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PLoS One. 2007 Nov 14;2(11):e1171.

Prior exposure to uninfected mosquitoes enhances mortality in naturally-transmitted West Nile virus infection.

Author information

  • 1Department of Pathology, Center for Biodefense and Emerging Infectious Diseases, University of Texas Medical Branch, Galveston, Texas, United States of America.

Abstract

BACKGROUND:

The global emergence of West Nile virus (WNV) has highlighted the importance of mosquito-borne viruses. These are inoculated in vector saliva into the vertebrate skin and circulatory system. Arthropod-borne (arbo)viruses such as WNV are transmitted to vertebrates as an infectious mosquito probes the skin for blood, depositing the virus and saliva into the skin and circulation. Growing evidence has demonstrated that arthropod, and recently mosquito, saliva can have a profound effect on pathogen transmission efficiency, pathogenesis, and disease course. A potentially important aspect of natural infections that has been ignored is that in nature vertebrates are typically exposed to the feeding of uninfected mosquitoes prior to the mosquito that transmits WNV. The possibility that pre-exposure to mosquito saliva might modulate WNV infection was explored.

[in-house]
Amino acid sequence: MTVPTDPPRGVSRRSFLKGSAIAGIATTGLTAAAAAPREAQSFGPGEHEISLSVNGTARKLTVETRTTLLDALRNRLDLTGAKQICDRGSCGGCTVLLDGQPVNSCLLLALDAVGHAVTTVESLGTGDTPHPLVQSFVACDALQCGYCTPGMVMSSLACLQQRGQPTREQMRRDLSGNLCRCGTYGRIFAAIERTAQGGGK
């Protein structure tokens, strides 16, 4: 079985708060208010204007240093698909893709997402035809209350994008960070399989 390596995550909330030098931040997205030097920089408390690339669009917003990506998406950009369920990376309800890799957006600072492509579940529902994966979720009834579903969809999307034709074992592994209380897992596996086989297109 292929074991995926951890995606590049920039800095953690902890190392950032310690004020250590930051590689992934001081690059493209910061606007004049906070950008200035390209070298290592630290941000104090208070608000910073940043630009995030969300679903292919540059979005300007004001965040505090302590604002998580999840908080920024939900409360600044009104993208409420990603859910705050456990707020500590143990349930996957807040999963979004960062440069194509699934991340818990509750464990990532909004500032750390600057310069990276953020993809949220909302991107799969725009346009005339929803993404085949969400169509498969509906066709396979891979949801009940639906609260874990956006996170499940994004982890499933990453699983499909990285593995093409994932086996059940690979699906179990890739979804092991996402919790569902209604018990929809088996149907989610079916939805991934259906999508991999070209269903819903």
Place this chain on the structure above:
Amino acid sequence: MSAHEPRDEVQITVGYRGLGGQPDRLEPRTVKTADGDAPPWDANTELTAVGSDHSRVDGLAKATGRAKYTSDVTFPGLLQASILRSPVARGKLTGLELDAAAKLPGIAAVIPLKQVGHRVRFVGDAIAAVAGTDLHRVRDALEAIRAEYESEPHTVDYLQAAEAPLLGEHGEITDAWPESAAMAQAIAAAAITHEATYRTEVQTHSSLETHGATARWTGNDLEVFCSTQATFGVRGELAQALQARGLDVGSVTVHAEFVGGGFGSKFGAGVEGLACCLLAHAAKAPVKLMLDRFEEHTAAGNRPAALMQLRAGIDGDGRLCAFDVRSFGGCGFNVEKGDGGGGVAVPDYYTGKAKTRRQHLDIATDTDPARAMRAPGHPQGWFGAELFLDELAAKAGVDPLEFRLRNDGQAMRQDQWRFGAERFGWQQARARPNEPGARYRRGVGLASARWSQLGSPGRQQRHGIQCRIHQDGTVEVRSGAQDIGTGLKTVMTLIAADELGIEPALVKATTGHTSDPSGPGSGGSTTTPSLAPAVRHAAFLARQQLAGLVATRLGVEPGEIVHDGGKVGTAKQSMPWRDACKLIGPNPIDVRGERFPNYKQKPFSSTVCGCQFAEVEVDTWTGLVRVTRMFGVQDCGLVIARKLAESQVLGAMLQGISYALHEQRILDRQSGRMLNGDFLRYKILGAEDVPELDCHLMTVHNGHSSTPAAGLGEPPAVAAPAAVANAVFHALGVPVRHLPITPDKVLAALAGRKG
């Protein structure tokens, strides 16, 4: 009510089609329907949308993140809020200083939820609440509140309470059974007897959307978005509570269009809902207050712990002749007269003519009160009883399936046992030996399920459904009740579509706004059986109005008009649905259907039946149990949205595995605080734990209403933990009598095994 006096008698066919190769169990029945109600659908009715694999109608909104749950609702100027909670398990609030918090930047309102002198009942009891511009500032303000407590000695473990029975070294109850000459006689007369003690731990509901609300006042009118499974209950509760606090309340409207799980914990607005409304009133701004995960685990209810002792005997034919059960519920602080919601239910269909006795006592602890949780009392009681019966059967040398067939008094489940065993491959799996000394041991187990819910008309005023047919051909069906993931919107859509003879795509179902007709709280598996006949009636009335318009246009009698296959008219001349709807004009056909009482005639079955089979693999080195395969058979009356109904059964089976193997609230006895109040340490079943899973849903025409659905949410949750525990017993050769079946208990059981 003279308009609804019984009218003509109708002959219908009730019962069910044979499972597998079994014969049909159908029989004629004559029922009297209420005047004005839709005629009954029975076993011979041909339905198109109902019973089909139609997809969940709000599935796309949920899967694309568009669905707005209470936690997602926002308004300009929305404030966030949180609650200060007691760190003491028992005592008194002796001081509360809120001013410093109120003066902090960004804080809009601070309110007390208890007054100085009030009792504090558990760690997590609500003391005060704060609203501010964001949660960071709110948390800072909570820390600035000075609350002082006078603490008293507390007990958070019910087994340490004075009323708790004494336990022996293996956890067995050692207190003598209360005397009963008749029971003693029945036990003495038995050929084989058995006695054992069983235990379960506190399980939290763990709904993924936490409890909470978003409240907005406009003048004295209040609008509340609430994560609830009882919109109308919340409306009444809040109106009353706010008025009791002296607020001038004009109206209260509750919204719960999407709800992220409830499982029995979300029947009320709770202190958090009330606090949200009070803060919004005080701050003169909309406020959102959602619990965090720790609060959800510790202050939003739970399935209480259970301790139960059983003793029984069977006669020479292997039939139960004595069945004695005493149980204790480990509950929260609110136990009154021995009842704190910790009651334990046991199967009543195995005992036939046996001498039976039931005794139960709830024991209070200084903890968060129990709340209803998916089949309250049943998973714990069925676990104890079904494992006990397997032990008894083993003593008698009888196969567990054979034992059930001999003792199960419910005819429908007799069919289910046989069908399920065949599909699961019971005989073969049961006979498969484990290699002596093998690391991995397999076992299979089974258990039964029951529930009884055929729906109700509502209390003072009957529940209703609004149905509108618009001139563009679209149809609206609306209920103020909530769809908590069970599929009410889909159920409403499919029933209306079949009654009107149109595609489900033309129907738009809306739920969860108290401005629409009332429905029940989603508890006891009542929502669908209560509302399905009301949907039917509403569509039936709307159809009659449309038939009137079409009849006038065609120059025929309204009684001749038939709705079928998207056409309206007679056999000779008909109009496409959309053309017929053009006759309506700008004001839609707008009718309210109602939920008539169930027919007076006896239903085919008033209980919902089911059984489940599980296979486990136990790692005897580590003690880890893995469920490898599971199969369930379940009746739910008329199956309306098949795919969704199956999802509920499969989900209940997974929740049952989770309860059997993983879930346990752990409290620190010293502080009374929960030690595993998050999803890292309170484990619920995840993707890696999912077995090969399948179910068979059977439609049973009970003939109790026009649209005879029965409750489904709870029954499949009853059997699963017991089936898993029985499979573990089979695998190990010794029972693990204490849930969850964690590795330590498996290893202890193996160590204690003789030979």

PRINCIPAL FINDINGS:

Here we report that sensitization to mosquito saliva exacerbates viral infection. Prior exposure of mice to mosquito feeding resulted in increased mortality following WNV infection. This aggravated disease course was associated with enhanced early viral replication, increased interleukin-10 expression, and elevated influx of WNV-susceptible cell types to the inoculation site. This exacerbated disease course was mimicked by passive transfer of mosquito-sensitized serum.

SIGNIFICANCE:

This is the first report that sensitization to arthropod saliva can exacerbate arthropod-borne infection, contrary to previous studies with parasite and bacteria infections. This research suggests that in addition to the seroreactivity of the host to virus, it is important to take into account the immune response to vector feeding.

PMID:
18000543
[PubMed - indexed for MEDLINE]
PMCID:
PMC2048662
Free PMC Article

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